Block on Trump's Asylum Ban Upheld by Supreme Court
After Carolyn Tanner suddenly lost her position as Nevada's Public Utility Commission General Counsel, we couldn't help but look a little deeper into what sounded like a "loose lips sink ships" story. Allegedly she is no longer employed due to her actions on Twitter. Tanner, however, claims the timing was coincidental and denies that her Tweet under the pseudonym "DixieRaeSparx" had anything to do with her current job search.
Personal or not, Dixie's little spat with an enterprising Nevada lobbyist shines a light on the proprieties of lawyer's comments on past or pending legal matters.
Tanner, who had been acting as the general counsel for Nevada's PUC suddenly found herself without a job after it was revealed by Carson City resident Fred Voltz that she used her Twitter name "DixieRaeSparx" as a soapbox to criticize a net metering policy under review by the PUC panel. Voltz, to his credit, went on Google and pieced together Dixie's identity simply by digging around the ownership details of the Twitter account. Tanner should have been more careful.
"A review of these comments shows that Ms. Tanner was disparaging the rooftop solar companies, the net metering customers and the Bureau of Consumer Protection, while at the same time praising NV Energy, when the Commission still had this matter pending before it," Voltz said before the Commission.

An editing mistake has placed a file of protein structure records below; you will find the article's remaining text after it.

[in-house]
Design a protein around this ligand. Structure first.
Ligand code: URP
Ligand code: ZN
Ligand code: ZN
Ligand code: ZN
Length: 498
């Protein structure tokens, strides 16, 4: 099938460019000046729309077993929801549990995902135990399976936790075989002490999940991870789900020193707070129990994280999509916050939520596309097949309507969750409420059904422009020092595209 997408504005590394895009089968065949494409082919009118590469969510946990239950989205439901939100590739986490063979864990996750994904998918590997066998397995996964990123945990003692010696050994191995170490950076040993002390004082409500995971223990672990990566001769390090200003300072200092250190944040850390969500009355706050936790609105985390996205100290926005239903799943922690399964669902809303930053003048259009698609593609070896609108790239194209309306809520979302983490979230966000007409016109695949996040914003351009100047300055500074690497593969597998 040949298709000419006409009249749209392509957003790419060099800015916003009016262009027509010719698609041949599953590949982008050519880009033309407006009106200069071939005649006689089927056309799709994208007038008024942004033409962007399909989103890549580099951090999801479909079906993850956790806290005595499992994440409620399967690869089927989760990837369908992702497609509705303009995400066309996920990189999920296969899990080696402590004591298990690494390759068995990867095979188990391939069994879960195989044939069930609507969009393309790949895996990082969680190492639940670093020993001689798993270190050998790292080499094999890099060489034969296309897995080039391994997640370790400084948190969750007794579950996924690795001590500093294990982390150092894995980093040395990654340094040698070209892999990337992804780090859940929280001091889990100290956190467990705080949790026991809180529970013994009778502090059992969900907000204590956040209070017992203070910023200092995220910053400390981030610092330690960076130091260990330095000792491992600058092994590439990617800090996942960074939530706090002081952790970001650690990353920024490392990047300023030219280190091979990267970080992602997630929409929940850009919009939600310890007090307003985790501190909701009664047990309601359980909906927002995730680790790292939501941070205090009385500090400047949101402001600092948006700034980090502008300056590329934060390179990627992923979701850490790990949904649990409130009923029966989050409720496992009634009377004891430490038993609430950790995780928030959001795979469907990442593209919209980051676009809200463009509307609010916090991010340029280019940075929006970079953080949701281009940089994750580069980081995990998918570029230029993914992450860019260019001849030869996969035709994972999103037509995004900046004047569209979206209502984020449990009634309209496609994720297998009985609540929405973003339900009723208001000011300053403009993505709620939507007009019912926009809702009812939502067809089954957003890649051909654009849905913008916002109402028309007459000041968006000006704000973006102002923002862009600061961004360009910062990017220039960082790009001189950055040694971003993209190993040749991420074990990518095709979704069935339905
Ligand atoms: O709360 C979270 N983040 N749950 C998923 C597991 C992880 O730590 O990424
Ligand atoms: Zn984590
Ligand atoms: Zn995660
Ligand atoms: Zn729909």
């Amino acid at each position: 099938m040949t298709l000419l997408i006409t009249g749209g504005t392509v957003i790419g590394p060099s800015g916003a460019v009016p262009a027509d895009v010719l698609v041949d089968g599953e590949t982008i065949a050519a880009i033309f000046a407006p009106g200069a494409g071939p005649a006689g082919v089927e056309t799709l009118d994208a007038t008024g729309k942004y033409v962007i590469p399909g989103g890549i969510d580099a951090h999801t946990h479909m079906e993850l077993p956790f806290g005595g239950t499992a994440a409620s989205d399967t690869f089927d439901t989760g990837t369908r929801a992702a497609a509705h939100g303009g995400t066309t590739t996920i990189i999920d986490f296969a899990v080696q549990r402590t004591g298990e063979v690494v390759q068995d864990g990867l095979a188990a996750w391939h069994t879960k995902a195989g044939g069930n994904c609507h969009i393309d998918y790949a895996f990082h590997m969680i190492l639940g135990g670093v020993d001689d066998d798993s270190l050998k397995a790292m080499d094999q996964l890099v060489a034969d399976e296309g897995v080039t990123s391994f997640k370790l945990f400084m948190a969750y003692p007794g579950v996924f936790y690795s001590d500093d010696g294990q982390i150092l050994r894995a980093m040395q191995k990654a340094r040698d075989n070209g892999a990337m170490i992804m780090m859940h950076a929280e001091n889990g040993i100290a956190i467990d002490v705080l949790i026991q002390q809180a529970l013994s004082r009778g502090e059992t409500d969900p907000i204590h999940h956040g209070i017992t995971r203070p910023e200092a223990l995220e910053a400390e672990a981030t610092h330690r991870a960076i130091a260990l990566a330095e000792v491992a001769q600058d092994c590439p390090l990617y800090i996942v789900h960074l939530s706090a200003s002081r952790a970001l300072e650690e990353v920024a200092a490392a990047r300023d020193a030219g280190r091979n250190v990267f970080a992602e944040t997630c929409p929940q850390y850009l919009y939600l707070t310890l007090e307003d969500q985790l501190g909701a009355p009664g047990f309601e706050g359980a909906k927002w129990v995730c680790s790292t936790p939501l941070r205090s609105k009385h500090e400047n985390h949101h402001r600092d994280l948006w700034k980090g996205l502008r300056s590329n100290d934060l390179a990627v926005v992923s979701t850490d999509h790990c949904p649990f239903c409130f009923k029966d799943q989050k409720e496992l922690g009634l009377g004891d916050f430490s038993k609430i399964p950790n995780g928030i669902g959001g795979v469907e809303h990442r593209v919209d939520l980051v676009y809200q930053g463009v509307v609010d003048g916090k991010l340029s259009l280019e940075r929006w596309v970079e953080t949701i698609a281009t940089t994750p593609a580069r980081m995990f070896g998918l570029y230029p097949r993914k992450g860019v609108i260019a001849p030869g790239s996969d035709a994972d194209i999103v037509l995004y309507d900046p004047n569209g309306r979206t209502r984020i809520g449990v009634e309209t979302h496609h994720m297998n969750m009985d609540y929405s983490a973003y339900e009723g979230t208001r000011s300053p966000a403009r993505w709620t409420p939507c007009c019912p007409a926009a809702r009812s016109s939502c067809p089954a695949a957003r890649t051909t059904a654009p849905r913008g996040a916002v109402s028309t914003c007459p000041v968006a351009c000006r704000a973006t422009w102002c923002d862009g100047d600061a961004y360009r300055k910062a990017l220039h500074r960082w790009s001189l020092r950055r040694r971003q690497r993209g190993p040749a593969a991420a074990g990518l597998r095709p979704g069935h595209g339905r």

If you're looking for those comments, don't bother: DixieRaeSparx is no more.
Tweeting Under a Pseudonym
Voltz claimed that Tanner had violated several ethical rules including the judicial rules of conduct that applied to her because, as he saw it, the PUC is a quasi-judicial agency.
Tanner disagreed that she'd violated any ethical rules in assuming her pseudonym and that she assumed that name because she did not want to get "trolled" by PUC critics under her real name.
It Hardly Matters -- and Yet It Does Matter
In the case of Tanner, the case is moot whether she left for personal reasons or not: she's out. But how do lawyers navigate the sometimes treacherous waters of social media and ethics? It's tough. Sometimes, we wonder why in-house lawyers even want to risk it.